A short-term biomarker modulation study of simvastatin in women at increased risk of a new breast cancer.
ABSTRACT Observational studies have demonstrated a decreased incidence of cancers among users of HMG CoA reductase inhibitors (statins) and a reduced risk of recurrence among statin users diagnosed with early stage breast cancer. We initiated a prospective study to identify potential biomarkers of simvastatin chemopreventive activity that can be validated in future trials. The contralateral breast of women with a previous history of breast cancer was used as a high-risk model. Eligible women who had completed all planned treatment of a prior stage 0-III breast cancer received simvastatin 40 mg orally daily for 24-28 weeks. At baseline and end-of-study, we measured circulating concentrations of high-sensitivity C-reactive protein (hsCRP), estrogens, and fasting lipids; breast density on contralateral breast mammogram; and quality of life by Rand Short Form 36-Item health survey. Fifty women were enrolled with a median age of 53 years. Total cholesterol, LDL cholesterol, triglyceride, and hsCRP fell significantly during the study (P values < 0.001, <0.001, 0.003, and 0.05, respectively). Estrone sulfate concentrations decreased with simvastatin treatment (P = 0.01 overall), particularly among post-menopausal participants (P = 0.006). We did not observe a significant change in circulating estradiol or estrone concentrations, contralateral mammographic breast density, or reported physical functioning or pain scores. This study demonstrates the feasibility of short-term biomarker modulation studies using the contralateral breast of high-risk women. Simvastatin appears to modulate estrone sulfate concentrations and its potential chemopreventive activity in breast cancer warrants further investigation.
Article: Recruitment of breast cancer survivors into a 12-month supervised exercise intervention is feasible.[show abstract] [hide abstract]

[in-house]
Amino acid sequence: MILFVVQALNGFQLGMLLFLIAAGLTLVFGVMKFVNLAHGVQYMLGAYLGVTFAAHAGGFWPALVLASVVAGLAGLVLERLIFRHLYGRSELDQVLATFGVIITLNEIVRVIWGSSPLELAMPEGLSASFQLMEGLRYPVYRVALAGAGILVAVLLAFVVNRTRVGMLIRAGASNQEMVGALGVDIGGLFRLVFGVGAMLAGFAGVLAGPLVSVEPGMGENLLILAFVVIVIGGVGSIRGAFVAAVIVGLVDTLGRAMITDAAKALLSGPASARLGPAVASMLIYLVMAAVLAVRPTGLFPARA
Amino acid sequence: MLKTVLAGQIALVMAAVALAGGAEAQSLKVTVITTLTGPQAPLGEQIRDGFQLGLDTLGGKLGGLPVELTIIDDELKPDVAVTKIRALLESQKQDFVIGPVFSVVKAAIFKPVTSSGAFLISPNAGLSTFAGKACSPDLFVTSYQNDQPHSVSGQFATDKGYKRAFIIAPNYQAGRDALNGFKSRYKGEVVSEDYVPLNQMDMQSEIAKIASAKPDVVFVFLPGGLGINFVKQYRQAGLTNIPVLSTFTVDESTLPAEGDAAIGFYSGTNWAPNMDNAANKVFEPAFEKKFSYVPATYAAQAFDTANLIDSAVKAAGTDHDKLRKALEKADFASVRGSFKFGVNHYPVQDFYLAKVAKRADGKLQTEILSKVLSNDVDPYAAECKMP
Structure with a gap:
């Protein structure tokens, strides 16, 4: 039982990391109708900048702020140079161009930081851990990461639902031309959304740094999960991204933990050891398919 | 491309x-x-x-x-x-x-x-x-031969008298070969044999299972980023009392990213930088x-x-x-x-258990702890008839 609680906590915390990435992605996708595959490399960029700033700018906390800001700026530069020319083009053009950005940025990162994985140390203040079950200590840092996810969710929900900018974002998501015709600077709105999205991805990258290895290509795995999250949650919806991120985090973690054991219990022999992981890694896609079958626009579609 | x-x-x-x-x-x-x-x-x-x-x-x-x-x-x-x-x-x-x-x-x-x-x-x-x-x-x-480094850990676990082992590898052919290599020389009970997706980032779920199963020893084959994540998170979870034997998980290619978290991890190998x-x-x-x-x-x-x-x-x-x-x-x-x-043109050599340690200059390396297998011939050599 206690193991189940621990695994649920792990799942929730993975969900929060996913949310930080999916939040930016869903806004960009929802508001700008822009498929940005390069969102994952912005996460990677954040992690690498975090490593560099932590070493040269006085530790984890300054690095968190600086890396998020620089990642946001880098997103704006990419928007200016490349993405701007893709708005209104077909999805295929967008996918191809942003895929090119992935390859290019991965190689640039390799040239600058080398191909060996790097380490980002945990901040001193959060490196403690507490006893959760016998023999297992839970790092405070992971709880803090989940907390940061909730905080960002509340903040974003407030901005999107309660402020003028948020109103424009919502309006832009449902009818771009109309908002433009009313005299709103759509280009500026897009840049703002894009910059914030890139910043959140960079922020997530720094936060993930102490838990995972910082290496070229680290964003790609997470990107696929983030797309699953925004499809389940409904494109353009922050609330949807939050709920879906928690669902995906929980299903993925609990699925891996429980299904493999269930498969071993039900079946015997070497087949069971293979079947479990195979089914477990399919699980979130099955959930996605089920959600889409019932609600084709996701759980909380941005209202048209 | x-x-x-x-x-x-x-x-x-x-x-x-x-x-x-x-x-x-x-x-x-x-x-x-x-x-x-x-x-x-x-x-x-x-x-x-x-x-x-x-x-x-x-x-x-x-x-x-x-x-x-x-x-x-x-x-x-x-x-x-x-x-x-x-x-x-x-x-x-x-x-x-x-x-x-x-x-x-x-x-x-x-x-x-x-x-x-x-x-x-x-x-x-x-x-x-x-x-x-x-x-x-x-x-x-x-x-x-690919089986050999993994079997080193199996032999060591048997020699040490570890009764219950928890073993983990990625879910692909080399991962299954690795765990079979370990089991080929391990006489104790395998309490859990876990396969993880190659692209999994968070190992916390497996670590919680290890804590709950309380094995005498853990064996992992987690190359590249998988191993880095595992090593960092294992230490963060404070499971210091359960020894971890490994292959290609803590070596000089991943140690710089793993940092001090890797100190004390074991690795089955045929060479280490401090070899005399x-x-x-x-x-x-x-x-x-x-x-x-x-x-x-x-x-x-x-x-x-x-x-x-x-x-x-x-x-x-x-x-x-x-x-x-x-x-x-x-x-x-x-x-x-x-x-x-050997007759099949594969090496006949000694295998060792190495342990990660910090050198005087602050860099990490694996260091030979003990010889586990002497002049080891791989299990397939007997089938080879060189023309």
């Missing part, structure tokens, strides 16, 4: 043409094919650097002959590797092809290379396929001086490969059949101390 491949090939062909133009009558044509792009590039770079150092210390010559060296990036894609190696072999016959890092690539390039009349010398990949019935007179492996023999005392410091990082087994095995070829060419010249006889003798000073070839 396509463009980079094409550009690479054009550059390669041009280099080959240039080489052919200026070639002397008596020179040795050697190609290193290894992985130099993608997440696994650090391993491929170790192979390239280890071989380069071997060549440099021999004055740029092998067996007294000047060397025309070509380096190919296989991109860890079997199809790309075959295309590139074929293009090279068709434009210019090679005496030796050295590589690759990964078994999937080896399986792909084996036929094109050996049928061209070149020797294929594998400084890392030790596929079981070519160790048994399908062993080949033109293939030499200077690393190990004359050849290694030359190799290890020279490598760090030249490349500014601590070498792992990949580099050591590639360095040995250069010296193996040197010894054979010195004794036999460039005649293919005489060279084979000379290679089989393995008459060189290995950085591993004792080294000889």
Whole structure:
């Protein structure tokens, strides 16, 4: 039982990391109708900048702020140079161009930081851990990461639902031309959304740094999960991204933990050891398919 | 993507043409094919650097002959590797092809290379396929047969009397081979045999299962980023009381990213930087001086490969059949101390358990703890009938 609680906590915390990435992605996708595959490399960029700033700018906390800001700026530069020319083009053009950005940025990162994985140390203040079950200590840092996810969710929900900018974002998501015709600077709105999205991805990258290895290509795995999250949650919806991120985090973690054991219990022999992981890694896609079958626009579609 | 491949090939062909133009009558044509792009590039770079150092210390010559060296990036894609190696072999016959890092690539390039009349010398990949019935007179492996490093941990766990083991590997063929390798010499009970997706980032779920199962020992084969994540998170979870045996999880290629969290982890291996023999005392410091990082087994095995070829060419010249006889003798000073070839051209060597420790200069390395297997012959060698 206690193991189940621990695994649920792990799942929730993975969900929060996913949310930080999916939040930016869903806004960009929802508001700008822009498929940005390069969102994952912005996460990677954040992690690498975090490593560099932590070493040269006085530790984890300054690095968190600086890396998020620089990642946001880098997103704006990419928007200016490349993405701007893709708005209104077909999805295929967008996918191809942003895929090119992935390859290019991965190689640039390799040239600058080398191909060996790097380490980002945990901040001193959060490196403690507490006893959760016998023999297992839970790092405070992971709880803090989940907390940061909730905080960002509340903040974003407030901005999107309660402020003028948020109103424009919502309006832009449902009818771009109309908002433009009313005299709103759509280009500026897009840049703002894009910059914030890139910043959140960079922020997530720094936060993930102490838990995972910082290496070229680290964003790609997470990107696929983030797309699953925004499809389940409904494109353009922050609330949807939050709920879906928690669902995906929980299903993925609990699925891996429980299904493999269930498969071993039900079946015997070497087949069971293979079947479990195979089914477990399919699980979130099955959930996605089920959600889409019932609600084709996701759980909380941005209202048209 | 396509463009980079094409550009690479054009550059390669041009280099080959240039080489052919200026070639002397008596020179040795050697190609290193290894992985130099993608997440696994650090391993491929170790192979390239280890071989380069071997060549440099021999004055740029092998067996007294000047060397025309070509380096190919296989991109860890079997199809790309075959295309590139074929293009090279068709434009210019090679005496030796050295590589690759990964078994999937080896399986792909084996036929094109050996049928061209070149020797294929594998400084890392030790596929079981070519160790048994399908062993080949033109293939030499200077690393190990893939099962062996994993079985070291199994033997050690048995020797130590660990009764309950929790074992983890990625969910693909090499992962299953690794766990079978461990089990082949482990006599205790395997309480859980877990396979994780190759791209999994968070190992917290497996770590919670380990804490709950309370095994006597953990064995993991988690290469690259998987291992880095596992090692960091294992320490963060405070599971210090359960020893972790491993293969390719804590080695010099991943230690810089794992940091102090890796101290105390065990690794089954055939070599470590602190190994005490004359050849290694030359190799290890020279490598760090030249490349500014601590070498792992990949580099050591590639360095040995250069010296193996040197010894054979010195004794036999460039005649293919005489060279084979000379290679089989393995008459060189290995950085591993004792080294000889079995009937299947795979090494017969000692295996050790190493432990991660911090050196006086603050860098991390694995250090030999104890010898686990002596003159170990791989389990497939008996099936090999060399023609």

ABSTRACT: The BREX study is one of the largest randomised prospective exercise interventions of breast cancer survivors which aims at investigate whether regular exercise could reduce the long-term side effects of the adjuvant treatments and improve quality of life. The study was limited to consider patients aged 35-68 years, who had recently completed adjuvant chemotherapy or started endocrine therapy. In this paper, we describe the recruitment process of the 413 randomised patients from the Helsinki University Hospital between September 2005 and September 2007. 768 potentially eligible patients out of the 1321 screened (via medical records) were contacted by phone. After the phone call 240 patients were excluded due to health problems that contraindicated exercise training. The most common health problems were musculoskeletal disorders. A total of 528 patients were considered as eligible for the intervention. Ultimately 413 of them agreed to participate resulting in a 53.8% recruitment rate of the potentially eligible patients. The most important reasons for declining were social, not health related. Eligible patients who did not want to participate did not differ significantly from those who participated according to age, health status, breast cancer treatment and tumour type. The high recruitment rate demonstrates breast cancer patient's willingness to participate even in long-lasting supervised exercise programs shortly after adjuvant treatments. After taking into account the selection of the population by age and musculoskeletal health, the results of the present intervention can be generalized to represent urban breast cancer patient population in Finland.Contemporary clinical trials 05/2009; 30(5):457-63. · 1.51 Impact Factor